During the hearing, lawmakers in both parties slammed the egregious practices of AbbVie and Big Pharma and called for solutions to hold drug companies accountable and lower prescription drug prices.

Representative Carolyn Maloney (D-NY): “Drug prices in the United States are unfair, unsustainable and just plain wrong… Our investigation has revealed that the justifications the pharmaceutical industry offers for why they need to raise prices simply do not hold water… Our investigation also uncovered evidence that AbbVie has exploited the U.S. Patent System and engaged in anti-competitive practices to extend its monopoly pricing. The committee has obtained internal documents showing that AbbVie’s own executives projected its top-selling drug Humira would face competition from lower-priced versions of the drug, known as biosimilars, beginning in 2017. But AbbVie used legally questionable tactics to block lower-priced biosimilars from reaching American consumers until at least 2023. Those tactics made AbbVie a fortune but cost Americans dearly.”

Representative James Comer (R-TN): “…There are companies that have abused our patent system, seeking hundreds of patents to prolong their ability to control the market for a particular treatment… While seeking undress of patents on a medication or vaccine is not illegal under our existing system, it can be anti-competitive and result in higher costs for patients… We must address rising prescription costs because high costs are hurting American families everywhere.”

Representative Gerry Connolly (D-VA): “According to your own internal projections the U.S. market would have saved $19 billion and instead the U.S. patients will not have access to lower price biosimilars until 2023. Why would you account for the 80 percent difference in the price of Humira between Europe and the United States? Other than lack of competition? And by the way, unlike what Mrs. Fox suggested, it clearly isn’t about recouping R&D costs, it’s about lack of competition in the market.”

Representative Clay Higgins (R-LA): “Mr. Gonzalez I find myself very much aligned with my colleagues across the aisle, which I’m hoping that my friends will mark on the calendar. You’ve been under tremendous pressure today and sir, it’s about to get worse. How can you defend American prices of pharmaceuticals overseas versus prices on drugs in the nation that you love? You enjoy the protections and the benefits of America. You benefit from the tax cuts and jobs act that I worked very hard on and that my party pushed through. But your answers to the chair were evasive at best and appeared to be obviously written by attorneys. Please just explain to America how the hell can you explain the prices overseas of the drugs you manufacture in America, develop in America, that are so much higher for American citizens and patients than they are overseas?”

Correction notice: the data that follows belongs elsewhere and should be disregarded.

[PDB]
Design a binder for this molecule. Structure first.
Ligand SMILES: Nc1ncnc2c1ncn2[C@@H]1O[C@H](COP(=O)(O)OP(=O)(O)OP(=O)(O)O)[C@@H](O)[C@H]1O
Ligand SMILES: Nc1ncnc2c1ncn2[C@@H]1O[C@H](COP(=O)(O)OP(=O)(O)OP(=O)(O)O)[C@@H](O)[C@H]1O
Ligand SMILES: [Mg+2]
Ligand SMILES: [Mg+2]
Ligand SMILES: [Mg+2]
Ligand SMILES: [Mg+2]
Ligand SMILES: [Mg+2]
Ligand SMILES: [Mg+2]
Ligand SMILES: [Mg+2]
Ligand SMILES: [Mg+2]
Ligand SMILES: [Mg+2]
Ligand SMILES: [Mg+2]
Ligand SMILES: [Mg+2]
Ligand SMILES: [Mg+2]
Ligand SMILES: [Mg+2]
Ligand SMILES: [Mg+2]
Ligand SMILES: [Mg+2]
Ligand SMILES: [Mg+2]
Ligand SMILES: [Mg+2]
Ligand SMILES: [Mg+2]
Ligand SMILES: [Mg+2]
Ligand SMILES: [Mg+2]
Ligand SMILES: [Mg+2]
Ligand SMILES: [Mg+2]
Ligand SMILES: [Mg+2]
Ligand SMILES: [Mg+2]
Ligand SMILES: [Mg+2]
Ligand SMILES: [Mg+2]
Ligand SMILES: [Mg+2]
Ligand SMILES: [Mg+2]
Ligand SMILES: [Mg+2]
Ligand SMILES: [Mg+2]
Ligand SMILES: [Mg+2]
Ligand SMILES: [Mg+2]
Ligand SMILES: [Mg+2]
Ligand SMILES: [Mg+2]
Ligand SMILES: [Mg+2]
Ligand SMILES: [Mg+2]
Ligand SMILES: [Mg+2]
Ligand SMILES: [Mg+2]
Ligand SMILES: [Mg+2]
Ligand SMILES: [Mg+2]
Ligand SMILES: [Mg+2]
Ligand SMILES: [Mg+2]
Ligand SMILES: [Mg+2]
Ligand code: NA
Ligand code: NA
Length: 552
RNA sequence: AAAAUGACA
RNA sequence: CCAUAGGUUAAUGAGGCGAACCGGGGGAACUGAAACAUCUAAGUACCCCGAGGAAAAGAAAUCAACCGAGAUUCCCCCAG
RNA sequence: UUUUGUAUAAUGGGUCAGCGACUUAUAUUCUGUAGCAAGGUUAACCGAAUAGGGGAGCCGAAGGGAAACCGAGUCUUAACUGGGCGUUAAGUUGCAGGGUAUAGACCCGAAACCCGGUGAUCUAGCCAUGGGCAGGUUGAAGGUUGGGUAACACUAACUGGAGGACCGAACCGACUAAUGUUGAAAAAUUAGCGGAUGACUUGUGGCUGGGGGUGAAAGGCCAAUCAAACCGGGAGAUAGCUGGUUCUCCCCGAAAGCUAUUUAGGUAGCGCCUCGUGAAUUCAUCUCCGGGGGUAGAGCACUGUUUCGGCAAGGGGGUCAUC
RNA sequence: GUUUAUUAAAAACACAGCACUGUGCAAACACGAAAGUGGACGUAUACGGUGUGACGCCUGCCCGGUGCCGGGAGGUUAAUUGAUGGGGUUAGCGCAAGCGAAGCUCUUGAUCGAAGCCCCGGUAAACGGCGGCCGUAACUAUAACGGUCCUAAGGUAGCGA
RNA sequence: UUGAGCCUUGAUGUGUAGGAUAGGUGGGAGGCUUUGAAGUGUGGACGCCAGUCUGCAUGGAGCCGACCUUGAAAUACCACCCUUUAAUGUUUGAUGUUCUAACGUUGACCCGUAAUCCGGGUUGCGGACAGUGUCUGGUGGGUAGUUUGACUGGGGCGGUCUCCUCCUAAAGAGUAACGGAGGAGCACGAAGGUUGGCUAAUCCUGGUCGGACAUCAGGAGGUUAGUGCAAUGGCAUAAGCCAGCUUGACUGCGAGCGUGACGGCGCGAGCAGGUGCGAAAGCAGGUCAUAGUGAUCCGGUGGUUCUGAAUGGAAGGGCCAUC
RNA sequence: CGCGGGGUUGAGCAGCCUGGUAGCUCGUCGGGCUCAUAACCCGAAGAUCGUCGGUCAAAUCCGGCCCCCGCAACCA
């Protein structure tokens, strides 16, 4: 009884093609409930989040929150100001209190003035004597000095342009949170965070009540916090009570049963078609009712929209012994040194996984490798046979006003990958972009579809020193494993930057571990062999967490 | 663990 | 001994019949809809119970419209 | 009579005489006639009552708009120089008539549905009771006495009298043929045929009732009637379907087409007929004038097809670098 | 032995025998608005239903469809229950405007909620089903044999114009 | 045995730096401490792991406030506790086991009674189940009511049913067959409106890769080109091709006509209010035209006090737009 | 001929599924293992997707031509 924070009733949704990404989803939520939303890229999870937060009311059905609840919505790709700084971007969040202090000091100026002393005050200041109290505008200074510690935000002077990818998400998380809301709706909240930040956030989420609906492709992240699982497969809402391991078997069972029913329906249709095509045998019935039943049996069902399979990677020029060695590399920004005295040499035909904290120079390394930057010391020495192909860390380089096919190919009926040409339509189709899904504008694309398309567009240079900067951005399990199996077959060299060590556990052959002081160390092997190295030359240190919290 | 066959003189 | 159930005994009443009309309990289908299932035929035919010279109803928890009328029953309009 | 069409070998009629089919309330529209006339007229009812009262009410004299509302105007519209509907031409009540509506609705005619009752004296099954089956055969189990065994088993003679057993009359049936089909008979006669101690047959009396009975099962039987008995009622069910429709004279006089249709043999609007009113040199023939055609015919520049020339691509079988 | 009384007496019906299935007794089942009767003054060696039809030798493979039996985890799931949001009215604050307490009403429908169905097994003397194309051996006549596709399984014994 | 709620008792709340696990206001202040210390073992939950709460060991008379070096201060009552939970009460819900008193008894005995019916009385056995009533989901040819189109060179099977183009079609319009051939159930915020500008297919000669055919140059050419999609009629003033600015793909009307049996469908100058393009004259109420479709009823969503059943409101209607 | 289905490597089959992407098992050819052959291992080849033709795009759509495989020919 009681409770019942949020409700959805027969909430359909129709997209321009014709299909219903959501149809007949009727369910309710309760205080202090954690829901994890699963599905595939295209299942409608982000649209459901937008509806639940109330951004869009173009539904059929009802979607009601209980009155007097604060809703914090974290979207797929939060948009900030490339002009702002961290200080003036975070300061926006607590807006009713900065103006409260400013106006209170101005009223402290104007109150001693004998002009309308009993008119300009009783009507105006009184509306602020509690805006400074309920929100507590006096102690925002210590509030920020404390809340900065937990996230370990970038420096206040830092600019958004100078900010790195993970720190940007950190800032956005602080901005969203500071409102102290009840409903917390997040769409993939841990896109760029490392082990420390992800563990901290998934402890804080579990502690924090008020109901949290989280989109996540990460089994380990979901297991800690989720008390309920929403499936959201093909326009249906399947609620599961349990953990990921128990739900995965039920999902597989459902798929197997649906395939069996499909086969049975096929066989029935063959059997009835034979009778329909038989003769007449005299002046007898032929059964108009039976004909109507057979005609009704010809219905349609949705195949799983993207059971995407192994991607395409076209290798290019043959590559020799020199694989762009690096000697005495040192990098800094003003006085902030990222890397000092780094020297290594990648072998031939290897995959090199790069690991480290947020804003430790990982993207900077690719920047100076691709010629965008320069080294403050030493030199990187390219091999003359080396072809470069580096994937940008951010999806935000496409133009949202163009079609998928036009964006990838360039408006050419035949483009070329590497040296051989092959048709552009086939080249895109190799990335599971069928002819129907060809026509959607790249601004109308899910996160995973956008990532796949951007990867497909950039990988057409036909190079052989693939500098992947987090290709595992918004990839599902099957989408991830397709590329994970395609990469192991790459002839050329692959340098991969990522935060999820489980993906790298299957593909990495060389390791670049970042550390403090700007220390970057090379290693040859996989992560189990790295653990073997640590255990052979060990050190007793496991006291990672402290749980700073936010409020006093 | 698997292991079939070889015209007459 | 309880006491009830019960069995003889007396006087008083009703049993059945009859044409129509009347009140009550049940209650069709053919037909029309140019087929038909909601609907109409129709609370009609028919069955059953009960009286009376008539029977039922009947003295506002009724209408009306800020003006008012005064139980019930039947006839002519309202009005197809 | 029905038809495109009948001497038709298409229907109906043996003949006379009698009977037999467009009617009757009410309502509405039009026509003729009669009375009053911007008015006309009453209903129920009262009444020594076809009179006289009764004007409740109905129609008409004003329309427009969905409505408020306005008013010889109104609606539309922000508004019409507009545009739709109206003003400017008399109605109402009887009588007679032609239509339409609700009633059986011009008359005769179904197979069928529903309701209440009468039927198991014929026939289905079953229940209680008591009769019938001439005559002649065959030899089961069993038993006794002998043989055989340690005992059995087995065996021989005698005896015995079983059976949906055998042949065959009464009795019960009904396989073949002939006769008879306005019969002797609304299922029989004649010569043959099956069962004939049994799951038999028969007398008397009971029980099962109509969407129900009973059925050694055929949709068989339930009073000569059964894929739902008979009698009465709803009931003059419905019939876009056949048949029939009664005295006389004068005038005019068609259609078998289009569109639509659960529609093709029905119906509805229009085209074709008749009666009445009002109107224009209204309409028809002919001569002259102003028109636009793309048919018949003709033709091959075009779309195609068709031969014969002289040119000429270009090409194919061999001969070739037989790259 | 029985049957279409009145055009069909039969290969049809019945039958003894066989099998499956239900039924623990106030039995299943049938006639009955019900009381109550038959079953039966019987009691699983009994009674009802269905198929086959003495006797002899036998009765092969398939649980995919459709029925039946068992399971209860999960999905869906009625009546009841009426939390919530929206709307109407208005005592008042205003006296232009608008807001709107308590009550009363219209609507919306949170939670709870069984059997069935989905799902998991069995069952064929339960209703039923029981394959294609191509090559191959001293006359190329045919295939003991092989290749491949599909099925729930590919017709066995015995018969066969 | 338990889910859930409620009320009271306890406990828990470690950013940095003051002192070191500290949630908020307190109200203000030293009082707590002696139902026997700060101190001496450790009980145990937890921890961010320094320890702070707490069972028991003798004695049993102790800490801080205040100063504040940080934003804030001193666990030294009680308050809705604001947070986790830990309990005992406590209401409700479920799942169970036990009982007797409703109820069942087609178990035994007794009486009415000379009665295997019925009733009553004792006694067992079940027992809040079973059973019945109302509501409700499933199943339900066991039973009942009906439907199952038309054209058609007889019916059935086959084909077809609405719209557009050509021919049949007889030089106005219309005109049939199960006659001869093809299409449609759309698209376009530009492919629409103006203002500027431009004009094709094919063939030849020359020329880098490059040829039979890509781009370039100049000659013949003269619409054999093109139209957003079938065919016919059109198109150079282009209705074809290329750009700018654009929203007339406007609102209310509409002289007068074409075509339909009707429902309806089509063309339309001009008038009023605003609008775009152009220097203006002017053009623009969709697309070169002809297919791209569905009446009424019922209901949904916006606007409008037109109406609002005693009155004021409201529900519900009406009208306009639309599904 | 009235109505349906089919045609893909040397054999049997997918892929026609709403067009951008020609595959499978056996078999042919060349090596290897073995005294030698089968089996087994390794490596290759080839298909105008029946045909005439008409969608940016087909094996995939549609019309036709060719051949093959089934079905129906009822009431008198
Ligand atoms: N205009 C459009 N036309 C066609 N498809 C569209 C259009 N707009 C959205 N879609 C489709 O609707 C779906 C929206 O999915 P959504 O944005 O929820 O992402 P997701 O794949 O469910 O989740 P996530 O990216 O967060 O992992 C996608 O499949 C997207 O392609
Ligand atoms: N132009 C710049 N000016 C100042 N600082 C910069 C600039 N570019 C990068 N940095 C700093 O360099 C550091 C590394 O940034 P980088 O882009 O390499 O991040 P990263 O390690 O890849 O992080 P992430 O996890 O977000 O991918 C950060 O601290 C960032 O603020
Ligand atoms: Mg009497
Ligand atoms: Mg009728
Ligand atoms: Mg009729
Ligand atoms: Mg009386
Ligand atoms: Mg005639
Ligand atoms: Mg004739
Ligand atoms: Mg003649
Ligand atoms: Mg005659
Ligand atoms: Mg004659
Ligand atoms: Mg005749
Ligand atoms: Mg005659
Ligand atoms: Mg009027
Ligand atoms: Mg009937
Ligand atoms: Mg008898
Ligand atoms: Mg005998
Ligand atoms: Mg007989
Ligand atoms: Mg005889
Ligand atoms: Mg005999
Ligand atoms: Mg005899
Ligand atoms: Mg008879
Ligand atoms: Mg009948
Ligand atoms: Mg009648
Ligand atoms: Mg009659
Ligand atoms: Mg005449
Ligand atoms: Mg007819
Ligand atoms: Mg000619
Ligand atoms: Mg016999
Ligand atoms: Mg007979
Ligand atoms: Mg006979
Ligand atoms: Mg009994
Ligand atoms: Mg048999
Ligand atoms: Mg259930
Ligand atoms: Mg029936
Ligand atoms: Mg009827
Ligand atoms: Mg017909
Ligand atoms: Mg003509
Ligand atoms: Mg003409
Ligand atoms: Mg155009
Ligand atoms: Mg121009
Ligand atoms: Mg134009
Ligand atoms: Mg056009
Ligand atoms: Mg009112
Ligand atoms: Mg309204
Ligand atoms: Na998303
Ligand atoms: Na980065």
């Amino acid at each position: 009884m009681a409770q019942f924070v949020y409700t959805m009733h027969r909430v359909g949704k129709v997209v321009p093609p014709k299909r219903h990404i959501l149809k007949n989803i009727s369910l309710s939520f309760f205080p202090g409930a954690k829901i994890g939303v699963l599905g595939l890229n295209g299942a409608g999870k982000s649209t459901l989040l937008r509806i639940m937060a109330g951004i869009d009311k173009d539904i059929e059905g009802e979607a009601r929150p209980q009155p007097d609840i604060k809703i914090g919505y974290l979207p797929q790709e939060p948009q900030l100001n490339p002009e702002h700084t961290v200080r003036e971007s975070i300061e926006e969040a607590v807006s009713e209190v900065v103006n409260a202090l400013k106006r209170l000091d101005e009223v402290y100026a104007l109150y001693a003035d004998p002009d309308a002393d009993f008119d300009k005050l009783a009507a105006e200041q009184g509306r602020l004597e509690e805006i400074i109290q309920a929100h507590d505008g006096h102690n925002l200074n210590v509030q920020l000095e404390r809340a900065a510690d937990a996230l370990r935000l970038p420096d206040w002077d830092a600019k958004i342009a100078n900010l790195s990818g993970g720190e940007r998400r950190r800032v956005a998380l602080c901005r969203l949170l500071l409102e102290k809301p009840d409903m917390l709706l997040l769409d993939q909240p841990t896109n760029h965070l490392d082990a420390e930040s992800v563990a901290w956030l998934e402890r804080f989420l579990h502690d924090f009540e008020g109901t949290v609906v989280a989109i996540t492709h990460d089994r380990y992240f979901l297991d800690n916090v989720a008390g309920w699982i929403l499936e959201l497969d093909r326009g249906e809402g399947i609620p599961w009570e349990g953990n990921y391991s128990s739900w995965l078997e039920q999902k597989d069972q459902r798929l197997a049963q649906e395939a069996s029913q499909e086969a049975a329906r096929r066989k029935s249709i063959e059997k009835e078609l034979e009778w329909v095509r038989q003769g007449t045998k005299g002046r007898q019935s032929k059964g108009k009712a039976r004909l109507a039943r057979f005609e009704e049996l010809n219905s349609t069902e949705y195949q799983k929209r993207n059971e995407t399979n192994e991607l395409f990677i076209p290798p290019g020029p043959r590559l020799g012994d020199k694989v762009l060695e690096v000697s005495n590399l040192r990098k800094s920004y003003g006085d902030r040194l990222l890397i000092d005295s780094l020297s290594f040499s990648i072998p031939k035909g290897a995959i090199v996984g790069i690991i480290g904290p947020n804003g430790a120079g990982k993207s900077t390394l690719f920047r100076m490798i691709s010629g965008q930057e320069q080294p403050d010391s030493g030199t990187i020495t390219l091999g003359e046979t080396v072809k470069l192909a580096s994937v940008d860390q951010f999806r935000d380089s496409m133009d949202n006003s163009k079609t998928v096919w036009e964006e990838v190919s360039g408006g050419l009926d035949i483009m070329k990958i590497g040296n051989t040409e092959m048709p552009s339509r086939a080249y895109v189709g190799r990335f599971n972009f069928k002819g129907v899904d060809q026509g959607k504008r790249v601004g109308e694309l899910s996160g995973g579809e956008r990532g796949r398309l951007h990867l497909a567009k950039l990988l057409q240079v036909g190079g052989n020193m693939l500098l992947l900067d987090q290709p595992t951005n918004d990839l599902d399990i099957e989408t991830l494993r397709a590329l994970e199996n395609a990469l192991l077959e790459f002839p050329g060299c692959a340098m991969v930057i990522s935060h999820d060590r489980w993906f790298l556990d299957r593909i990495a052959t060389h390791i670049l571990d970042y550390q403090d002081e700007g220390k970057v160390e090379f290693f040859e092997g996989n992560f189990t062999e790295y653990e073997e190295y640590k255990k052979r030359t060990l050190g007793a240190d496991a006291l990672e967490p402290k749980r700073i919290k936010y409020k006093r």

Representative Debbie Wasserman Schultz (D-FL): “As a breast cancer survivor, the exceptionally high cost of cancer drugs is an issue where the policy is very personal for me… Despite what Big Pharma wants you to believe, they bear responsibility for our current crisis of cancer drug affordability. No one should be unable to afford life-saving medications, but 42 percent of cancer patients deplete their entire net worth – I’ve talked with countless of them – within the first two years of treatment, in part, due to high drug prices. We can have both innovative treatments and affordable prices and we all deserve both. We shouldn’t have to make the false choice. Congress should reject that false choice and act now to rein in the era of the greed of pharmaceutical companies. We have to make sure that if you are facing a life-or-death condition that you are not faced with having to bankrupt yourself in order to be able to afford to stay alive.”

Representative Glenn Grothman (R-WI): “It does alarm me that people in other countries pay so much less for drugs than this country and they just, flat-out that should be wrong… It seems ridiculous on its face that Americans have to pay so much for drugs than other countries.”

Representative Katie Porter (D-CA): “So, AbbVie took zero risk to develop this drug. You bought it knowing it would be profitable. You hiked the price to pay for R&D but you haven’t made the drug any better even as you doubled the cost?”

Representative Andrew Clyde (R-GA): “In the four-plus months that I’ve held office, one of the top issues to repeatedly arise in many of my meetings with constituents in Georgia’s Ninth Congressional District is the high cost of prescription drugs – many of which are life-saving medicines. This is an issue that I think all of us sitting in the committee have the desire to address.”

Read more on the example of AbbVie’s Humira as a case study on Big Pharma’s egregious practices HERE.

Read about AbbVie’s first-quarter earnings after hiking drug prices during the pandemic HERE.

Learn more about market-based solutions to hold Big Pharma accountable and lower prescription drug prices HERE.